UN promises self-driving intelligent cars
Only thing lacking is... standards
The United Nations' ICT agency says that intelligent cars able to drive themselves could easily be built today - but they won't become available unless industry adopts global standards for the technologies underpinning them.
According to a statement issued yesterday by the International Telecommunication Union (ITU - "the leading United Nations agency for information and communication technology"):
Today’s communications capabilities give the potential for vehicles to foresee and avoid collisions, navigate the quickest route to their destination, make use of up-to-the-minute traffic reports, identify the nearest available parking slot, minimize their carbon emissions and provide multimedia communications.
In other words it would be a simple matter to build a car which you could leave parked at home until you wanted it. Leaving the pub having had a quick sharpener following a tiring day at the office, you would simply ding off a quick message from your multophone: the trusty machine would fire itself up, navigate across town avoiding the other traffic (even the vintage bangers driven manually by old-school types) and pull up at the kerb to collect you. You would stretch out comfortably and ride home while watching the telly and perhaps enjoying another cold one or two from the onboard fridge.
Should you feel a need to stop off en route - perhaps in some city-centre location where even the car's giant brain could find nowhere to park - you would simply jump out and the cunning autochauffeur would simply circle the block until you were ready to board once more.
Pulling in at home to notice, perhaps, that the car was low on fuel and needed its fridge restocking you would simply order it to take itself off to the nearest forecourt for replenishment - either by robots or employees there, whose actions you could easily monitor via the car's onboard vidcams on your multophone.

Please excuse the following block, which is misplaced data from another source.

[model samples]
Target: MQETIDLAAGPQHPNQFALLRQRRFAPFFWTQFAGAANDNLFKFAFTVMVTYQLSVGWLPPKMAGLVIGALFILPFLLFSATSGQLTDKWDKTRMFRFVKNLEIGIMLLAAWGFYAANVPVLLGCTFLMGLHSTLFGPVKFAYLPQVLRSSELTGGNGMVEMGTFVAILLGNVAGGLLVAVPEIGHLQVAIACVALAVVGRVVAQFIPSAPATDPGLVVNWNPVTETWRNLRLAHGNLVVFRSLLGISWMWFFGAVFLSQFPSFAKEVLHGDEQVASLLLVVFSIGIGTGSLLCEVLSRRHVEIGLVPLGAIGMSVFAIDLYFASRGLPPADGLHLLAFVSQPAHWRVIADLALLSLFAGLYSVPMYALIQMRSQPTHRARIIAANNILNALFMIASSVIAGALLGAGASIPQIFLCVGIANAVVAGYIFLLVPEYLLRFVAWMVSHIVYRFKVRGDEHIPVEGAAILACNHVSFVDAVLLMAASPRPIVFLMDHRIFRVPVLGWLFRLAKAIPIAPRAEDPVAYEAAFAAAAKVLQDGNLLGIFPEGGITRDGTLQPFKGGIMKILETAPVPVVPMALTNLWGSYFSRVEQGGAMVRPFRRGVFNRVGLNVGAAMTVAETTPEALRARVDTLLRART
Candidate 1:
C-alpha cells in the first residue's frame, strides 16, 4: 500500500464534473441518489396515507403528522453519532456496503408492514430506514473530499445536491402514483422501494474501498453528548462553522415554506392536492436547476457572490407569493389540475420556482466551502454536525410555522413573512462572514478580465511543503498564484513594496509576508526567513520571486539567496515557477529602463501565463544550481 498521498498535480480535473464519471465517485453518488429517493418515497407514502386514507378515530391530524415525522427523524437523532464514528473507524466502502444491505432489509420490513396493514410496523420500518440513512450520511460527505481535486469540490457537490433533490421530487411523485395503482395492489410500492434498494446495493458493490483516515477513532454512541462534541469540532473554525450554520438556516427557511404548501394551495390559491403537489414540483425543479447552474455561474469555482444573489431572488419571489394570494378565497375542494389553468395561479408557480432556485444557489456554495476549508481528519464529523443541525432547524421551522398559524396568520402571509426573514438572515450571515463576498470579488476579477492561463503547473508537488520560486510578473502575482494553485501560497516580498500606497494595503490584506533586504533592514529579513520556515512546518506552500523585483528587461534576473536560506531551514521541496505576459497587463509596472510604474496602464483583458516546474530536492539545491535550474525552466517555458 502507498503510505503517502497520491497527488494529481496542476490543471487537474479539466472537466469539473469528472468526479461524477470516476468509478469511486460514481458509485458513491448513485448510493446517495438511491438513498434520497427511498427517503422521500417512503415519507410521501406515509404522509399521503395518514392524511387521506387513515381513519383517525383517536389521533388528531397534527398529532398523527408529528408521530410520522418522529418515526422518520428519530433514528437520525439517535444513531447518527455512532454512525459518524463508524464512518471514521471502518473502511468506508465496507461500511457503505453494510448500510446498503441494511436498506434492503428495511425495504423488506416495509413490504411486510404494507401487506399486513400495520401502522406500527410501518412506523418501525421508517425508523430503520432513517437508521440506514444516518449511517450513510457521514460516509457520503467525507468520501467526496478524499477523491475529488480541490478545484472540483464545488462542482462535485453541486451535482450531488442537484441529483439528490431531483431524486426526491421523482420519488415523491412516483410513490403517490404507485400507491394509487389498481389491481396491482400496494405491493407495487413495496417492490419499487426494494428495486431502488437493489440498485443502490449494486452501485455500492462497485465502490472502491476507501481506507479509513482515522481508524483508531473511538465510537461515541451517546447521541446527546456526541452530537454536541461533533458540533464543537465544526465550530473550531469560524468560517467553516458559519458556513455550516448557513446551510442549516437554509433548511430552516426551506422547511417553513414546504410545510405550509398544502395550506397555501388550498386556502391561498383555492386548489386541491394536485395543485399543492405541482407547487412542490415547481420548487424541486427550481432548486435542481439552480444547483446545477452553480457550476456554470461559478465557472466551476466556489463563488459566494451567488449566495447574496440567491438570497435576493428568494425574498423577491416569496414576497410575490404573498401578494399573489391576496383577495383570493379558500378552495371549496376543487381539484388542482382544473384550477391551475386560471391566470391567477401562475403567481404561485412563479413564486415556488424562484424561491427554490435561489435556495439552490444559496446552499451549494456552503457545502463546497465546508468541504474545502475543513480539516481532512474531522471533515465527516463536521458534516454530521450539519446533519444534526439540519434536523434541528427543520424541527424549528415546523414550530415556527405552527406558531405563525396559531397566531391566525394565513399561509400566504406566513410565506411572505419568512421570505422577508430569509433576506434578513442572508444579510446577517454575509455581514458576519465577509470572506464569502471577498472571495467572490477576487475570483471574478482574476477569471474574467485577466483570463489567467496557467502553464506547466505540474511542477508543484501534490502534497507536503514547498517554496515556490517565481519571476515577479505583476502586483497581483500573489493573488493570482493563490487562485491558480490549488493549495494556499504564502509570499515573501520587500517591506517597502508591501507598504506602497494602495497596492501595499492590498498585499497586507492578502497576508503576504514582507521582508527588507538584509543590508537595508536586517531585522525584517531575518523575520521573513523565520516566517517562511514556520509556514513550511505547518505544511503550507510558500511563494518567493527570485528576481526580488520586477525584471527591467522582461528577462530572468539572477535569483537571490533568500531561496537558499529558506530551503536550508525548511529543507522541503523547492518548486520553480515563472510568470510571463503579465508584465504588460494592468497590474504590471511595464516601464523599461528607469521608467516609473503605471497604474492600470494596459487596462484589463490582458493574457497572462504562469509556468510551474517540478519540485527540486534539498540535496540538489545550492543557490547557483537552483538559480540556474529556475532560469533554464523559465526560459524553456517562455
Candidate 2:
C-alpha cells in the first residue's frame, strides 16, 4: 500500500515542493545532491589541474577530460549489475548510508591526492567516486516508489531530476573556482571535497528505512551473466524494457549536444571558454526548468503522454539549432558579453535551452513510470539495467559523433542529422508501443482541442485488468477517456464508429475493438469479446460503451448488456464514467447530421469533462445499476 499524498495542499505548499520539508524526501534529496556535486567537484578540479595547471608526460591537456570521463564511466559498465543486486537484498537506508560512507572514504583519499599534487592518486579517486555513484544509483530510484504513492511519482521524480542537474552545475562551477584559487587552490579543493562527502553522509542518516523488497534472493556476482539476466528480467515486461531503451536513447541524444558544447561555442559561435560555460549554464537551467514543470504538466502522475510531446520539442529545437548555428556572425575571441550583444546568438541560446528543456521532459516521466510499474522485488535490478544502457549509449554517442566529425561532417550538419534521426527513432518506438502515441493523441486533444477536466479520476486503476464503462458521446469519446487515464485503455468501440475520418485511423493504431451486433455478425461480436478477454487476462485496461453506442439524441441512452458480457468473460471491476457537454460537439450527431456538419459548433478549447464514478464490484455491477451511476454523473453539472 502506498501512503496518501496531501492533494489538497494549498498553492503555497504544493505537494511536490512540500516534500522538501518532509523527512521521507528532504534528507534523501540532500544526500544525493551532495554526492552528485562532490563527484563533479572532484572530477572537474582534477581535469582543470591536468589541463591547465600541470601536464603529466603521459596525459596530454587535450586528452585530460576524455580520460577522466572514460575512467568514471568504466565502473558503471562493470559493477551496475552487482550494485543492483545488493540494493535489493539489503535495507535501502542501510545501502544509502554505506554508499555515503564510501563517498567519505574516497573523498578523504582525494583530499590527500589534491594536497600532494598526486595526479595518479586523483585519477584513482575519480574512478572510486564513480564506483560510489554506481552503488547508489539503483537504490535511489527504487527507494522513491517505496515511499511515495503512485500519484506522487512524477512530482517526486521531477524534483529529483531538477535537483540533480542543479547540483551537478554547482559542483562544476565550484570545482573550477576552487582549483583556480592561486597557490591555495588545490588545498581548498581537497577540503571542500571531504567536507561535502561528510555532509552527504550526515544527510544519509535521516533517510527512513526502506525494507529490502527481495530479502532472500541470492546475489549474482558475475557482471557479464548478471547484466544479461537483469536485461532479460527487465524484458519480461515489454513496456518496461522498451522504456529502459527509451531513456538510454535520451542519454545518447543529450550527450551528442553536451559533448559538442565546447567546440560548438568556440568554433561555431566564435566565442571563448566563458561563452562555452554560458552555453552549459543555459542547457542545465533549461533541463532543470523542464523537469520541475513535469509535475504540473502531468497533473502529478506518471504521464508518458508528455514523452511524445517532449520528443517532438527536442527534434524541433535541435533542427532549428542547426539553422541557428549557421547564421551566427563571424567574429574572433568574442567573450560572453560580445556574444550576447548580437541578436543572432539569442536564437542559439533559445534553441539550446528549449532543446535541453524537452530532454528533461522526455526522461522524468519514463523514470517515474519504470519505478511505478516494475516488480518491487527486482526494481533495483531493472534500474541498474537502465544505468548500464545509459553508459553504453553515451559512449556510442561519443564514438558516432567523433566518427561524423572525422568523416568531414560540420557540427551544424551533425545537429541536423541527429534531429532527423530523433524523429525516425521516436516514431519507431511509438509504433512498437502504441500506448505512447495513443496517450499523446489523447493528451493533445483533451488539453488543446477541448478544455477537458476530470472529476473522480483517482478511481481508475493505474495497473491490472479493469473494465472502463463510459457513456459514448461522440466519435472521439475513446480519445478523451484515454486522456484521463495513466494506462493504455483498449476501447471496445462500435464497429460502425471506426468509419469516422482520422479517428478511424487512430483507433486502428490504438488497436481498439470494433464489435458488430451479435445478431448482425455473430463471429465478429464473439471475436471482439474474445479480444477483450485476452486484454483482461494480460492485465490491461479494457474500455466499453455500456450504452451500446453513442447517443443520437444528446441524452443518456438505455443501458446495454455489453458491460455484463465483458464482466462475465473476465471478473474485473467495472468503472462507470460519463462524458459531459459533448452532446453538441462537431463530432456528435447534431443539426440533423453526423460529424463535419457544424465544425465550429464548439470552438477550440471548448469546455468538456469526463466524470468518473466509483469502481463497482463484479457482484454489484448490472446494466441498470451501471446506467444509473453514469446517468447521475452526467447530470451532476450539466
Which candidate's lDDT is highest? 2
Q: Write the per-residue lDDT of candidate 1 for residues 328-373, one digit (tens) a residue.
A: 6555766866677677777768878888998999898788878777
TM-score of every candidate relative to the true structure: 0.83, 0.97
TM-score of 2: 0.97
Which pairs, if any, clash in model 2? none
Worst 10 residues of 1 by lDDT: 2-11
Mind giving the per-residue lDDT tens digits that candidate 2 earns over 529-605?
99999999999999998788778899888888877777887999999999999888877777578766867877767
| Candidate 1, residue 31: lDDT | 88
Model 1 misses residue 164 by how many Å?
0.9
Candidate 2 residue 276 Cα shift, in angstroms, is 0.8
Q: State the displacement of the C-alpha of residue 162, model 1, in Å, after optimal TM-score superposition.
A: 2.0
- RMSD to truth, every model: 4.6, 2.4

Truly a joyous future, then, with only a few trifling privacy issues, problems with roads choked by robocars circling in difficult parking districts etc.
What can bring this about?
UN standards, that's what. The ITU statement says that the organisation has allied itself with the International Organisation for Standardisation (ISO) to sort out the matter of Intelligent Transport Systems (ITS). According to the ITU:
The new Joint Task Force for ITS Communications will engineer better collaboration between these sectors and pool resources within ITU and ISO, linking existing work and avoiding duplication.
ITU and ISO both have a long history of work in ITS.
ISO Secretary-General Rob Steele apparently said (this is straight from the tinned quotes): "Most interestingly of all, is the urgent need to consider the interoperability of all of this technology not only in the vehicle, but in the wider infrastructure that is needed to support this revolution...
"Industry should not and will not wait while standards organizations fight amongst themselves, compete or try to decide who will develop that standard. They want to be listened to and have their needs for international standard solutions met." ®